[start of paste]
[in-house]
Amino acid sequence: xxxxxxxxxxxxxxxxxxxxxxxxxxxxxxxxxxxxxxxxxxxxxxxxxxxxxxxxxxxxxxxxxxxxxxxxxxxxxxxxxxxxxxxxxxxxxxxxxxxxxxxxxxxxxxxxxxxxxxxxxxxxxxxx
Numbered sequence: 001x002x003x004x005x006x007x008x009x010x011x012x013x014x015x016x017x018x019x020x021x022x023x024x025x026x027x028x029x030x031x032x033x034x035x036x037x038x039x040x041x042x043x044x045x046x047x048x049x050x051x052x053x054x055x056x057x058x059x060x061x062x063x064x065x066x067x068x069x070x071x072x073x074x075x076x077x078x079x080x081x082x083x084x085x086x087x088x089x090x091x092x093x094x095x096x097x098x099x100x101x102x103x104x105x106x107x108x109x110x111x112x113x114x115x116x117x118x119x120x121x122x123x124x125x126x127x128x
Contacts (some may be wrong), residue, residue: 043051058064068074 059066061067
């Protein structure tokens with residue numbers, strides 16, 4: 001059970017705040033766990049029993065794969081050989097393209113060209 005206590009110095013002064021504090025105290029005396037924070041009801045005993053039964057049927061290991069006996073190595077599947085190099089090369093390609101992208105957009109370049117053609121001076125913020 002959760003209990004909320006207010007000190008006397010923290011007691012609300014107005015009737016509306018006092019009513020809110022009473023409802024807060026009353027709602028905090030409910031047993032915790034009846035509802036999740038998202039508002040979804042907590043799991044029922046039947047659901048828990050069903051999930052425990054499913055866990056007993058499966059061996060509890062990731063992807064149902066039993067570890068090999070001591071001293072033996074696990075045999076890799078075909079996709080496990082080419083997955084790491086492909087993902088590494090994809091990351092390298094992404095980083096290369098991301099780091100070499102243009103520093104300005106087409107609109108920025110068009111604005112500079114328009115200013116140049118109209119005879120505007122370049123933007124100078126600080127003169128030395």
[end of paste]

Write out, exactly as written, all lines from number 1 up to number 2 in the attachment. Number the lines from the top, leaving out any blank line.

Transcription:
[in-house]
Amino acid sequence: xxxxxxxxxxxxxxxxxxxxxxxxxxxxxxxxxxxxxxxxxxxxxxxxxxxxxxxxxxxxxxxxxxxxxxxxxxxxxxxxxxxxxxxxxxxxxxxxxxxxxxxxxxxxxxxxxxxxxxxxxxxxxxxx